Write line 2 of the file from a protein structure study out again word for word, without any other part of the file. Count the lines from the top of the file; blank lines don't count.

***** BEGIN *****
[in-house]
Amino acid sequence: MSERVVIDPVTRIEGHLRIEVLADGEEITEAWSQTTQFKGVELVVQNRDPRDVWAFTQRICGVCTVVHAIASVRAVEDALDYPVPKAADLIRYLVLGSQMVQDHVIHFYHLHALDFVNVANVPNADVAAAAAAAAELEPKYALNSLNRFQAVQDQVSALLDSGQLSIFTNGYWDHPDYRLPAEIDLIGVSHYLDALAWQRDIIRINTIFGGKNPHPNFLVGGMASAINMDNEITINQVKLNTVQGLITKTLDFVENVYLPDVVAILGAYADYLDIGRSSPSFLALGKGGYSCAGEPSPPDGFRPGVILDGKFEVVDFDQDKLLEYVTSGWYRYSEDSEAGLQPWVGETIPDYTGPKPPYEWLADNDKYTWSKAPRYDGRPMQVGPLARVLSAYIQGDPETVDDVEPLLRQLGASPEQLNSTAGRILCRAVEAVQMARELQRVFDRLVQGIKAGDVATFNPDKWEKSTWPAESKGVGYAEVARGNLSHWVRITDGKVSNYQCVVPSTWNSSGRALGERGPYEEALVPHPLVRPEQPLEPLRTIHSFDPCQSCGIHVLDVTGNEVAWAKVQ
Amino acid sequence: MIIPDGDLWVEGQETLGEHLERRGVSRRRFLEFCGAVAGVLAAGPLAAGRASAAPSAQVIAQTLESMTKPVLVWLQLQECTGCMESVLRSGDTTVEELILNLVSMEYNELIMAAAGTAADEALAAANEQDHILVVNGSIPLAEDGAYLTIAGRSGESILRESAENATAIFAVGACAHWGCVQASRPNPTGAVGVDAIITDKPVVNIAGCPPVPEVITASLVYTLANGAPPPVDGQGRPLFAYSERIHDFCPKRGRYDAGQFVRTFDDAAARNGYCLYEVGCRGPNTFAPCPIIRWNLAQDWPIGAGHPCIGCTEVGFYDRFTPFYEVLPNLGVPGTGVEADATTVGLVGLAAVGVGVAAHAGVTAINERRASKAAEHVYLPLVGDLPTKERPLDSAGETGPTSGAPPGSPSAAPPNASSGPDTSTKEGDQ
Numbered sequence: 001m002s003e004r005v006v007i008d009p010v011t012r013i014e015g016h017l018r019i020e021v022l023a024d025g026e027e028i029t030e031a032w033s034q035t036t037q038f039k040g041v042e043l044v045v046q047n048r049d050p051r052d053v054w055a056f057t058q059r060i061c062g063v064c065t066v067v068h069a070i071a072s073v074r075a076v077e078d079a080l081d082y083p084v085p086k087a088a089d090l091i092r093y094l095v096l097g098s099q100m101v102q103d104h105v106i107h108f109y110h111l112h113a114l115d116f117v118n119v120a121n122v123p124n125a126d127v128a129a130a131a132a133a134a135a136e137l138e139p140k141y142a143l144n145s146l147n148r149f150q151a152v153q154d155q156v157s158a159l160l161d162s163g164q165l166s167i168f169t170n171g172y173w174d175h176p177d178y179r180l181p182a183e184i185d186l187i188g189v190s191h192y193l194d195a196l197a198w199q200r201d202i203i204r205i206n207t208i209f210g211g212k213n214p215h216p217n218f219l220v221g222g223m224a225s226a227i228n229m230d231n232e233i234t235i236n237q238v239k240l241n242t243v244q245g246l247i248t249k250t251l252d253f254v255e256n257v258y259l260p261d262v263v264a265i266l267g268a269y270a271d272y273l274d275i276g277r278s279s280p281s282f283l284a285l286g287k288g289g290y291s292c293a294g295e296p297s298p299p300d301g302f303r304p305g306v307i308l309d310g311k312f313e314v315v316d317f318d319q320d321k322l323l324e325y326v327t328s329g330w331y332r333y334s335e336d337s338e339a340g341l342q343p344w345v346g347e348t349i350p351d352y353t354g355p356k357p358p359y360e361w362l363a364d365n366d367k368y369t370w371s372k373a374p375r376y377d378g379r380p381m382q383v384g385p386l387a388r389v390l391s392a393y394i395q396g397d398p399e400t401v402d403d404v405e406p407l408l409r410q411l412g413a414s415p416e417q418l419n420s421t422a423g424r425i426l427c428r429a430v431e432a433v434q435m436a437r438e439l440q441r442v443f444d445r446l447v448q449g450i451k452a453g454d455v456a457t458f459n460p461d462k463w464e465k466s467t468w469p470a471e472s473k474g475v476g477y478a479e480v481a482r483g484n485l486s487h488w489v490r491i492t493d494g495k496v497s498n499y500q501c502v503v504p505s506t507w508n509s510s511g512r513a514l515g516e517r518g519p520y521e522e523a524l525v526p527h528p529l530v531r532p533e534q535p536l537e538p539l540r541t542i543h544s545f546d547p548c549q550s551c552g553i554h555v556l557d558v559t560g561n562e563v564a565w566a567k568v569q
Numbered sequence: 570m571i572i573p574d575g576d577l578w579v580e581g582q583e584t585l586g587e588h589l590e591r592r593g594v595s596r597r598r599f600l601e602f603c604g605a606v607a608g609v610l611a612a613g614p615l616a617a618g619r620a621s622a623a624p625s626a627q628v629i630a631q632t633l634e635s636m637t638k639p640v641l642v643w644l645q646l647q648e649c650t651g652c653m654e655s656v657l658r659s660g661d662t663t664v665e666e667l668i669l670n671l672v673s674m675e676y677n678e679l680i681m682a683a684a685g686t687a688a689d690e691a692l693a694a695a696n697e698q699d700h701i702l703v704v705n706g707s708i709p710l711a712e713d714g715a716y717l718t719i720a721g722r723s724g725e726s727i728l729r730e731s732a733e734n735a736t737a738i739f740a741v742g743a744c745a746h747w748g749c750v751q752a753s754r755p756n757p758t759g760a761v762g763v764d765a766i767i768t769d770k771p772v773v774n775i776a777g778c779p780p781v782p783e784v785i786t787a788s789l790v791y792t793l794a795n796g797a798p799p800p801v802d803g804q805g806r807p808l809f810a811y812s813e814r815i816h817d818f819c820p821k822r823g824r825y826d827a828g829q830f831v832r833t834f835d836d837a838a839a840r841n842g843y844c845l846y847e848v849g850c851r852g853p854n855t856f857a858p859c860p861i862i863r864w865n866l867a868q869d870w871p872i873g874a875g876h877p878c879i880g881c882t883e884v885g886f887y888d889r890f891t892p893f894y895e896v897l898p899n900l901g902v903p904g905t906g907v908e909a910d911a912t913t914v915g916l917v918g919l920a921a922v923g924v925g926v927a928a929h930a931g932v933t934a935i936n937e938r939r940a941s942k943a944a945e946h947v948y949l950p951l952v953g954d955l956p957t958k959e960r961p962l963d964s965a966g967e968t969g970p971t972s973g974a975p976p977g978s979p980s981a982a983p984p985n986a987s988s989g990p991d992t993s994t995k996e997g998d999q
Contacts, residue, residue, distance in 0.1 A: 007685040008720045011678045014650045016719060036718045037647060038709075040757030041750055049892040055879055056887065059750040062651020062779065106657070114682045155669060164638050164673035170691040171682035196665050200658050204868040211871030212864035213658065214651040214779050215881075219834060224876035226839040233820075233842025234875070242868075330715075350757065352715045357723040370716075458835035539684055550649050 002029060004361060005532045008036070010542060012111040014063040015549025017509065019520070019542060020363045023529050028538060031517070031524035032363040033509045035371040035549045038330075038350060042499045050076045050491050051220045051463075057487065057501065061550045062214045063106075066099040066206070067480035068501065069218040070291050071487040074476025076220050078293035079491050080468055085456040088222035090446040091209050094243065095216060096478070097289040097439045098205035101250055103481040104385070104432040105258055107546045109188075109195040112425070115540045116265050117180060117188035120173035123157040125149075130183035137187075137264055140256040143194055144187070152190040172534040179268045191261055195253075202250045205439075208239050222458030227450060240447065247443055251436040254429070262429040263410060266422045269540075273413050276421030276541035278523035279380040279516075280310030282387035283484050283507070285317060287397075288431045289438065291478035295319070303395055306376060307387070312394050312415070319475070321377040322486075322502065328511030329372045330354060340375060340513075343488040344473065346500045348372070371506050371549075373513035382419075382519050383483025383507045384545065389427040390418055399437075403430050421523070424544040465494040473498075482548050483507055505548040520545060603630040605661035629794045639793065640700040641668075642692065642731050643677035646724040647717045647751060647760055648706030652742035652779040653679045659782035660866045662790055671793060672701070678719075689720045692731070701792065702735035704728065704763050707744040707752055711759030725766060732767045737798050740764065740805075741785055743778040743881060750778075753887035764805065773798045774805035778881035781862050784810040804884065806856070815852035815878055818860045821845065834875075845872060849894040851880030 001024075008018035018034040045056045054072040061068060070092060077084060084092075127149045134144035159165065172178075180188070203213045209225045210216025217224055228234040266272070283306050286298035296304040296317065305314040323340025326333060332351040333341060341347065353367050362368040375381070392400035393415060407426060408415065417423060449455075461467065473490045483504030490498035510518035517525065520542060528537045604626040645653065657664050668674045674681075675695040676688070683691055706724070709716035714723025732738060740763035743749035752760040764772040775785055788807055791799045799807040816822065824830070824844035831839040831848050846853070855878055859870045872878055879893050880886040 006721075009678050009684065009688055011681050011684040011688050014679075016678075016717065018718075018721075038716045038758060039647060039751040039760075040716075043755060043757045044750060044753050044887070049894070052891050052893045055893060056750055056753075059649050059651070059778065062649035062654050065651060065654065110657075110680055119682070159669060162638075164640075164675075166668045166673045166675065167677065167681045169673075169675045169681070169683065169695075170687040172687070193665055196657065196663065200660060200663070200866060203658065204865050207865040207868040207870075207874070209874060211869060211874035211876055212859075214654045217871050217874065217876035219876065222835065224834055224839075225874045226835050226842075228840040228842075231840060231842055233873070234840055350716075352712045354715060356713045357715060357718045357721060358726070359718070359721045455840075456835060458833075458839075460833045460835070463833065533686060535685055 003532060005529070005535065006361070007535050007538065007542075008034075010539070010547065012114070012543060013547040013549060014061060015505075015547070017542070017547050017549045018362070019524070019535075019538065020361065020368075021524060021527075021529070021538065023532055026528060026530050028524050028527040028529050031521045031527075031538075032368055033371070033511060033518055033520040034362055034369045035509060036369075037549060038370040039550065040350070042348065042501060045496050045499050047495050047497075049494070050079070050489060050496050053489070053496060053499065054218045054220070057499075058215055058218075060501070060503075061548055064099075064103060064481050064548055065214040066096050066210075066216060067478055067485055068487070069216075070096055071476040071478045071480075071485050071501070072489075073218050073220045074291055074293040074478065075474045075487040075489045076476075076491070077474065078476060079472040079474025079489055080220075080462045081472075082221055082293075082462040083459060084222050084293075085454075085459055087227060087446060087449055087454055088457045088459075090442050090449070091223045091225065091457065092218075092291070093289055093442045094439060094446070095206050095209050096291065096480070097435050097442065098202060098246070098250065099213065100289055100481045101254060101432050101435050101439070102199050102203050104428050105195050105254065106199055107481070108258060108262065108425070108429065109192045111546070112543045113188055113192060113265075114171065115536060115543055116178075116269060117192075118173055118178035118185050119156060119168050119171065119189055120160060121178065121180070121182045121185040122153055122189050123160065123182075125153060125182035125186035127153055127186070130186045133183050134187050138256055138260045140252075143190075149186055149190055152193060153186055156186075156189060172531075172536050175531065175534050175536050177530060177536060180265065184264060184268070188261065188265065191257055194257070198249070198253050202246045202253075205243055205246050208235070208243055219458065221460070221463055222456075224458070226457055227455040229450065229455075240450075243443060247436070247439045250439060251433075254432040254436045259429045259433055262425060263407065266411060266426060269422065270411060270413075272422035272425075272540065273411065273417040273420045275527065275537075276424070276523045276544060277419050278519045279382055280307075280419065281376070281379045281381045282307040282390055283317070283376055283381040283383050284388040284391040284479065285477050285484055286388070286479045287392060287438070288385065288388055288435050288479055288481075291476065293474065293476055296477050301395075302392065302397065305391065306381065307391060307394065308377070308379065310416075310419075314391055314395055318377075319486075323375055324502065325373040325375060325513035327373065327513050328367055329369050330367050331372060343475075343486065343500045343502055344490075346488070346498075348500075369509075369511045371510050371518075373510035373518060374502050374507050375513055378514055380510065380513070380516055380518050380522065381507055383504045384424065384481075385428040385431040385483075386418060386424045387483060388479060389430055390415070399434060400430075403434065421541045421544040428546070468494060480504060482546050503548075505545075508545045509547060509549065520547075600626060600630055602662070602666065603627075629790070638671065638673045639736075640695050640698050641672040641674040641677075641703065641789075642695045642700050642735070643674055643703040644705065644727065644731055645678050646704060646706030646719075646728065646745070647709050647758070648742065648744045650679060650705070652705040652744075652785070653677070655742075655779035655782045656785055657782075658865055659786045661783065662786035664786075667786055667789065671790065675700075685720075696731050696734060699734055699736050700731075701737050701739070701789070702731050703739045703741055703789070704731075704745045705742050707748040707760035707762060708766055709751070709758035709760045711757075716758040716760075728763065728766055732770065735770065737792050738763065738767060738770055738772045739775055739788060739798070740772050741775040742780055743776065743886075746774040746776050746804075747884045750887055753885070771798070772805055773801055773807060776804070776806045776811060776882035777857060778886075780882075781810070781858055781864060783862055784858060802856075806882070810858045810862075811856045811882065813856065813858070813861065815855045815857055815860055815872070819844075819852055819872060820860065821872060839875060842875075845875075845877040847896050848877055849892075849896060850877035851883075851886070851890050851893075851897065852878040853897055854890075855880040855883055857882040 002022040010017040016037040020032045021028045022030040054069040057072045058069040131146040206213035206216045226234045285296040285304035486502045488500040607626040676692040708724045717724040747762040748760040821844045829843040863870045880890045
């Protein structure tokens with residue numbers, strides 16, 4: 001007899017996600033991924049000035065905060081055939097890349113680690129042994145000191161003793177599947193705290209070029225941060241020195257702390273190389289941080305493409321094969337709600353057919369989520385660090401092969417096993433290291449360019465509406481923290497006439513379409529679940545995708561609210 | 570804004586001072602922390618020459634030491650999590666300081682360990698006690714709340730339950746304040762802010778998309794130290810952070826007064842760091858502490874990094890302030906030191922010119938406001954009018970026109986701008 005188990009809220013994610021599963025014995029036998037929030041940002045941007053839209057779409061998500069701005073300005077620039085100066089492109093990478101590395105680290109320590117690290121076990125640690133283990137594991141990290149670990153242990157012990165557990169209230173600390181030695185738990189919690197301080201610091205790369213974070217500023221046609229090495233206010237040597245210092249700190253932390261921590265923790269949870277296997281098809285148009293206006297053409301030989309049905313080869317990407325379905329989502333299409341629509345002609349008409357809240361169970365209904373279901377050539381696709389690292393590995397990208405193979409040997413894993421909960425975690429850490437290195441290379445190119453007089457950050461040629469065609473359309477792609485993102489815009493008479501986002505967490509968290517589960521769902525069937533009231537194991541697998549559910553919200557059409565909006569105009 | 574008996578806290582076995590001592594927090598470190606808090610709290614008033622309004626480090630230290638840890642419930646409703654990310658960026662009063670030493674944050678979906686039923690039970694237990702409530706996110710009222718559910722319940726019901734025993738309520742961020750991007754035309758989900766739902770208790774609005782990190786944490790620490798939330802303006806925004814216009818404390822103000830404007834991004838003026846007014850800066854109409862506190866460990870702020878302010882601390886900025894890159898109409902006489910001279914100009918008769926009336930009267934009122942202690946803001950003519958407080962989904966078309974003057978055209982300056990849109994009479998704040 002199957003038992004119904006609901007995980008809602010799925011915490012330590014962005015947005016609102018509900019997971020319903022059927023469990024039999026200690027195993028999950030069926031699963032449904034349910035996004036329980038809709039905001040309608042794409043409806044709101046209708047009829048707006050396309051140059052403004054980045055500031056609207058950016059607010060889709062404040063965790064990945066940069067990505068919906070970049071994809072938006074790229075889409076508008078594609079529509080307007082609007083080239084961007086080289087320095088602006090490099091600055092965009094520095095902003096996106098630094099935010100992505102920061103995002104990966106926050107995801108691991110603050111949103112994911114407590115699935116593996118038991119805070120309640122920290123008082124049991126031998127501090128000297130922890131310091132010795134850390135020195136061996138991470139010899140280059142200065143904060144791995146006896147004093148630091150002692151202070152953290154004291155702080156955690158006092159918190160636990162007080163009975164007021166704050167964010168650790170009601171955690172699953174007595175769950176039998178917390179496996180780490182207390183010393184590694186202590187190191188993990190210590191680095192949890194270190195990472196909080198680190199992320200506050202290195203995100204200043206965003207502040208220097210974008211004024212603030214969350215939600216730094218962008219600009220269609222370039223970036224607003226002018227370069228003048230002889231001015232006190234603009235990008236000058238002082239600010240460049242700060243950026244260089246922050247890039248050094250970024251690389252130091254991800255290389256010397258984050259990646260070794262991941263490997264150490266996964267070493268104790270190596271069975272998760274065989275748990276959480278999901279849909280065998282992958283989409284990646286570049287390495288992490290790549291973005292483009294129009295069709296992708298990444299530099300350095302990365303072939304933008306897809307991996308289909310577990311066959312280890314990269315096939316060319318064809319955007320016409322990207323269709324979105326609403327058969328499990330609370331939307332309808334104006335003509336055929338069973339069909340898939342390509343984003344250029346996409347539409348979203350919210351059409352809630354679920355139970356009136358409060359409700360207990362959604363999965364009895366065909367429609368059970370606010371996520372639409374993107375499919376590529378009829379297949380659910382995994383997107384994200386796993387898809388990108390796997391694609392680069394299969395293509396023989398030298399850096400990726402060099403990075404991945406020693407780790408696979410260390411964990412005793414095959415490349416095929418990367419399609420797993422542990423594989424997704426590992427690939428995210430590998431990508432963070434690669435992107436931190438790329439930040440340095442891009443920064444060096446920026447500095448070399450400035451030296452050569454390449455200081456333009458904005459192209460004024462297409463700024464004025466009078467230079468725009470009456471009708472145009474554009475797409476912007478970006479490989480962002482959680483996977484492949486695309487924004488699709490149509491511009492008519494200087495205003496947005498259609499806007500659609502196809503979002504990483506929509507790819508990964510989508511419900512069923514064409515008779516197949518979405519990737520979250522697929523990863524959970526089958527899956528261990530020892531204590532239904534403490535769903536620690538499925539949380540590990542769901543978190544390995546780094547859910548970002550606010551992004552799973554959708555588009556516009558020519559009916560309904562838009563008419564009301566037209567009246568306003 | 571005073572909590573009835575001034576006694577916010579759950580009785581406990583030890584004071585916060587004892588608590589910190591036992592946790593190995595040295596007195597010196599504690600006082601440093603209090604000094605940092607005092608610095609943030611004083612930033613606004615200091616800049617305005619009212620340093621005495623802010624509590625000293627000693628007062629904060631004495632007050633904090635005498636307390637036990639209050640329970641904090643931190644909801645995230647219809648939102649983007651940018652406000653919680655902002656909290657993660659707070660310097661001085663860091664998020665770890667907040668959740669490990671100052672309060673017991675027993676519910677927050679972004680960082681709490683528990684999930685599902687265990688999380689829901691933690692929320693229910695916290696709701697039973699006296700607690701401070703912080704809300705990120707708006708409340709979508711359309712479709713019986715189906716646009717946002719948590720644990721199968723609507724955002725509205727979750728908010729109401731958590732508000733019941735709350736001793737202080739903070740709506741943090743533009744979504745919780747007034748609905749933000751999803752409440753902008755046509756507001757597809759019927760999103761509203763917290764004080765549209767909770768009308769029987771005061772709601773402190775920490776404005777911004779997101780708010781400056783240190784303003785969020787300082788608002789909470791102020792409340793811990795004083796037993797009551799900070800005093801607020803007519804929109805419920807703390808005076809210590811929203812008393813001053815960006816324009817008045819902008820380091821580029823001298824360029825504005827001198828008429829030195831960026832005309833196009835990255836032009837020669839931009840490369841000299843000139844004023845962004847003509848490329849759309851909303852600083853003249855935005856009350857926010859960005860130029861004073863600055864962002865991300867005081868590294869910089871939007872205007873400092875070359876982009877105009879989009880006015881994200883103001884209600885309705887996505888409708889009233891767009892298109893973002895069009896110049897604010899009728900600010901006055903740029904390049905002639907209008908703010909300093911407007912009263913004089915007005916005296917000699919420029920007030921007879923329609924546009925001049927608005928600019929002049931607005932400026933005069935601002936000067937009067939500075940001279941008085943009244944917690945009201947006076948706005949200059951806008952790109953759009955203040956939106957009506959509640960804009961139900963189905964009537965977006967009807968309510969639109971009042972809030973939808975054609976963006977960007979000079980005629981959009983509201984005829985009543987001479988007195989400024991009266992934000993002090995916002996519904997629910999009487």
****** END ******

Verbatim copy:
Amino acid sequence: MSERVVIDPVTRIEGHLRIEVLADGEEITEAWSQTTQFKGVELVVQNRDPRDVWAFTQRICGVCTVVHAIASVRAVEDALDYPVPKAADLIRYLVLGSQMVQDHVIHFYHLHALDFVNVANVPNADVAAAAAAAAELEPKYALNSLNRFQAVQDQVSALLDSGQLSIFTNGYWDHPDYRLPAEIDLIGVSHYLDALAWQRDIIRINTIFGGKNPHPNFLVGGMASAINMDNEITINQVKLNTVQGLITKTLDFVENVYLPDVVAILGAYADYLDIGRSSPSFLALGKGGYSCAGEPSPPDGFRPGVILDGKFEVVDFDQDKLLEYVTSGWYRYSEDSEAGLQPWVGETIPDYTGPKPPYEWLADNDKYTWSKAPRYDGRPMQVGPLARVLSAYIQGDPETVDDVEPLLRQLGASPEQLNSTAGRILCRAVEAVQMARELQRVFDRLVQGIKAGDVATFNPDKWEKSTWPAESKGVGYAEVARGNLSHWVRITDGKVSNYQCVVPSTWNSSGRALGERGPYEEALVPHPLVRPEQPLEPLRTIHSFDPCQSCGIHVLDVTGNEVAWAKVQ